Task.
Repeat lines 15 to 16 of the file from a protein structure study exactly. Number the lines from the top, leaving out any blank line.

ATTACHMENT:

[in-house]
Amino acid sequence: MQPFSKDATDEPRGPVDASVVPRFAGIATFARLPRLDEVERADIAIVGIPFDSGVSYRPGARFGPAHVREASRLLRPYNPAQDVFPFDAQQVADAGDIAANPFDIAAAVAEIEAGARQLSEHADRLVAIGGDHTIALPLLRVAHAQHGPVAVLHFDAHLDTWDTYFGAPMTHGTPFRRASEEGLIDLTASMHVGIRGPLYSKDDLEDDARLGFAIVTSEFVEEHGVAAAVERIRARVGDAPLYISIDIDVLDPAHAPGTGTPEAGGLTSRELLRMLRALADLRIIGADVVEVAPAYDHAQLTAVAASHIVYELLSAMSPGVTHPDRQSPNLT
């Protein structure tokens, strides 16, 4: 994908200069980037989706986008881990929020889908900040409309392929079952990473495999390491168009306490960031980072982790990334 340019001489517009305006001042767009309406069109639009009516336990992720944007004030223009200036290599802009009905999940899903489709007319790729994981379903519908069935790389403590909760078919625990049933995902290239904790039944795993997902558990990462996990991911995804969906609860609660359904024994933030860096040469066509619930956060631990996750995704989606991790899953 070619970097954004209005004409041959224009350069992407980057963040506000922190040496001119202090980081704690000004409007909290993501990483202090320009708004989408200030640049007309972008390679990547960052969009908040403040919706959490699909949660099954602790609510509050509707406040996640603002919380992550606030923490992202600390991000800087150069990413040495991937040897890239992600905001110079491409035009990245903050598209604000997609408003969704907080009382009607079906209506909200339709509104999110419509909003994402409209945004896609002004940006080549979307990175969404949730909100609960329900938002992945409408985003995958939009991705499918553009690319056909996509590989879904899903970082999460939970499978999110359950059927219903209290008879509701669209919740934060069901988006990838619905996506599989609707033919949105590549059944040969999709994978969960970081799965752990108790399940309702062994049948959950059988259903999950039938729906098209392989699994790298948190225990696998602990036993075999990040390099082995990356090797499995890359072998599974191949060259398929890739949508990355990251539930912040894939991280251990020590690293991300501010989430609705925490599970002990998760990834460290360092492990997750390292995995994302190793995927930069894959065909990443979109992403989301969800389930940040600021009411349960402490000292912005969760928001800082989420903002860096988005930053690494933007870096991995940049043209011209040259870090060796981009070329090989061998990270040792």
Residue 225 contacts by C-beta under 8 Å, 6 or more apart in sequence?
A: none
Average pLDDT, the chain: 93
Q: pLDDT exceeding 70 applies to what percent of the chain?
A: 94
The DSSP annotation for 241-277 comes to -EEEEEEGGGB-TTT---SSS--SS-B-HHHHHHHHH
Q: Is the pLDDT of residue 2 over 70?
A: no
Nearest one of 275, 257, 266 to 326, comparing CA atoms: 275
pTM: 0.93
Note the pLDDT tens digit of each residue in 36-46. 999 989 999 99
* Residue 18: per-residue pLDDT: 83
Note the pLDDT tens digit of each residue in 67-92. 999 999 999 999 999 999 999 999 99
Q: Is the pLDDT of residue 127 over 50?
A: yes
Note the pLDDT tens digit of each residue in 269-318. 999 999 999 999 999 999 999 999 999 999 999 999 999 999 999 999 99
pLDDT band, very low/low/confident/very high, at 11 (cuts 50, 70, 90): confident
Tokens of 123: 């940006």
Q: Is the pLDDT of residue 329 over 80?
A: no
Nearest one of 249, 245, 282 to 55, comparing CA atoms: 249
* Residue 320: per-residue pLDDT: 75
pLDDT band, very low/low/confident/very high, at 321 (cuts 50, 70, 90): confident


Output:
* Residue 18: per-residue pLDDT: 83
Note the pLDDT tens digit of each residue in 67-92. 999 999 999 999 999 999 999 999 99